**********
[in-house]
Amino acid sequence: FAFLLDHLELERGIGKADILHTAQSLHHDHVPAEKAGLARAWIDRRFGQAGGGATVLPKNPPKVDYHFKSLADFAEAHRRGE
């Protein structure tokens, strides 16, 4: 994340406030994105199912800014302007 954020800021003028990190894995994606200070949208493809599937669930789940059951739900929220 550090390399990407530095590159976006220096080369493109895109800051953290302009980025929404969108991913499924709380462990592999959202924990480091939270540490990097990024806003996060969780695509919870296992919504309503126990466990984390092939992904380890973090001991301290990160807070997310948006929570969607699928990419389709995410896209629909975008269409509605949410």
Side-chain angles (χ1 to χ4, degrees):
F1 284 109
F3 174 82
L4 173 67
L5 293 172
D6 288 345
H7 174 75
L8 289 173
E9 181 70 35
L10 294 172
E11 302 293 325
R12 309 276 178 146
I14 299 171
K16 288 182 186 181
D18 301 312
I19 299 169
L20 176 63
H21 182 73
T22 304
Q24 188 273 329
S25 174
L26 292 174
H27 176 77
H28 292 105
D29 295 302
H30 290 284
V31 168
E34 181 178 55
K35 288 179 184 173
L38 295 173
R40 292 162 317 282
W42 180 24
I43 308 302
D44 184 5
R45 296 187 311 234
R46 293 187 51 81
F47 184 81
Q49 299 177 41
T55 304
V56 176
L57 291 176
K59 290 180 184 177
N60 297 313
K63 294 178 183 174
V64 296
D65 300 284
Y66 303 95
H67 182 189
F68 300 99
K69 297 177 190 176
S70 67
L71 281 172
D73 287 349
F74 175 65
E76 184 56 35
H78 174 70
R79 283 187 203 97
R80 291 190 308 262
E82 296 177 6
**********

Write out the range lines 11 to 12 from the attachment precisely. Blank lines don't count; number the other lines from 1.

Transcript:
L8 289 173
E9 181 70 35